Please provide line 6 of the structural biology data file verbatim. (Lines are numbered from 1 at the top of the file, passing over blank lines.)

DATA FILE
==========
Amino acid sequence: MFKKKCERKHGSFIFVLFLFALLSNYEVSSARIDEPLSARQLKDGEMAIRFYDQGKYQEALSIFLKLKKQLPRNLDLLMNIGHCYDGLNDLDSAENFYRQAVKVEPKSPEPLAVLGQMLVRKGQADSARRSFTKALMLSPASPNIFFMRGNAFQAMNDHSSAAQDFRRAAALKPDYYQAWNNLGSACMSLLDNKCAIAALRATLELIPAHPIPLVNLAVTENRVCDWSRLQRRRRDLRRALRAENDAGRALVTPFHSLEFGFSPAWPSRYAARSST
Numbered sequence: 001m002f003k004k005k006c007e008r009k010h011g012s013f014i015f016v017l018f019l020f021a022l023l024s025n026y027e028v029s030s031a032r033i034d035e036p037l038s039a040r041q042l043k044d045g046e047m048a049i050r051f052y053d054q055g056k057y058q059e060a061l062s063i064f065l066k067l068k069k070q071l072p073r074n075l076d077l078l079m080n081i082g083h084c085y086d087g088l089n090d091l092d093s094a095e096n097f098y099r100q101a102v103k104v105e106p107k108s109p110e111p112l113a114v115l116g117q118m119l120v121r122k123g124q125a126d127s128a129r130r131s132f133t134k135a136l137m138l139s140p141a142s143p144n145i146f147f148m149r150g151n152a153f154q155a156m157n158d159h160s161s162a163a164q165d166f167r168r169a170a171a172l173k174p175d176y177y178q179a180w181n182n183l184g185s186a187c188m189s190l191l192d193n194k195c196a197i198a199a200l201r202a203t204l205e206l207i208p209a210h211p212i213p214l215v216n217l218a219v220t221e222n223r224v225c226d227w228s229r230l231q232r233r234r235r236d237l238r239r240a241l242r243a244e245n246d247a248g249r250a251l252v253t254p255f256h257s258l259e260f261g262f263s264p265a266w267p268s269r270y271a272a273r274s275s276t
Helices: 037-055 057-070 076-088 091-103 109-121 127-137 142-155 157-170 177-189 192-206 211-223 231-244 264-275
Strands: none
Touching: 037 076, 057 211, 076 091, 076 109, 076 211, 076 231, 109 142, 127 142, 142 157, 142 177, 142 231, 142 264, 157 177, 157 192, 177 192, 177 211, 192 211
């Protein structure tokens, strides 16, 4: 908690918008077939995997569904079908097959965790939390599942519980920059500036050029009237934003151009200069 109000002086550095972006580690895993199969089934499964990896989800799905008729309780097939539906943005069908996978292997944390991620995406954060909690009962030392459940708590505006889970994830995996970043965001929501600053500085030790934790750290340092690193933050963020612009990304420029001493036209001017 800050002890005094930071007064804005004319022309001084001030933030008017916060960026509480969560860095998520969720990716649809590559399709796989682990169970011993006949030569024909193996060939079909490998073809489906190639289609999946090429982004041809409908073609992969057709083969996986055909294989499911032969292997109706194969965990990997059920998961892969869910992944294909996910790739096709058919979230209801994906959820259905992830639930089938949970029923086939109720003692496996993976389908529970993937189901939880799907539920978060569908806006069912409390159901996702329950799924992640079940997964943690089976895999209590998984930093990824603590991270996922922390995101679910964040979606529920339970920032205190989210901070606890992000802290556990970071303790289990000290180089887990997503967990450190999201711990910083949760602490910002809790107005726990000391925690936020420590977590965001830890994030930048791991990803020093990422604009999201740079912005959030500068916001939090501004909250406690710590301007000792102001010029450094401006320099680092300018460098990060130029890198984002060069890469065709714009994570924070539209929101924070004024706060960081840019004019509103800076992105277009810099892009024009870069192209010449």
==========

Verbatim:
């Protein structure tokens, strides 16, 4: 908690918008077939995997569904079908097959965790939390599942519980920059500036050029009237934003151009200069 109000002086550095972006580690895993199969089934499964990896989800799905008729309780097939539906943005069908996978292997944390991620995406954060909690009962030392459940708590505006889970994830995996970043965001929501600053500085030790934790750290340092690193933050963020612009990304420029001493036209001017 800050002890005094930071007064804005004319022309001084001030933030008017916060960026509480969560860095998520969720990716649809590559399709796989682990169970011993006949030569024909193996060939079909490998073809489906190639289609999946090429982004041809409908073609992969057709083969996986055909294989499911032969292997109706194969965990990997059920998961892969869910992944294909996910790739096709058919979230209801994906959820259905992830639930089938949970029923086939109720003692496996993976389908529970993937189901939880799907539920978060569908806006069912409390159901996702329950799924992640079940997964943690089976895999209590998984930093990824603590991270996922922390995101679910964040979606529920339970920032205190989210901070606890992000802290556990970071303790289990000290180089887990997503967990450190999201711990910083949760602490910002809790107005726990000391925690936020420590977590965001830890994030930048791991990803020093990422604009999201740079912005959030500068916001939090501004909250406690710590301007000792102001010029450094401006320099680092300018460098990060130029890198984002060069890469065709714009994570924070539209929101924070004024706060960081840019004019509103800076992105277009810099892009024009870069192209010449």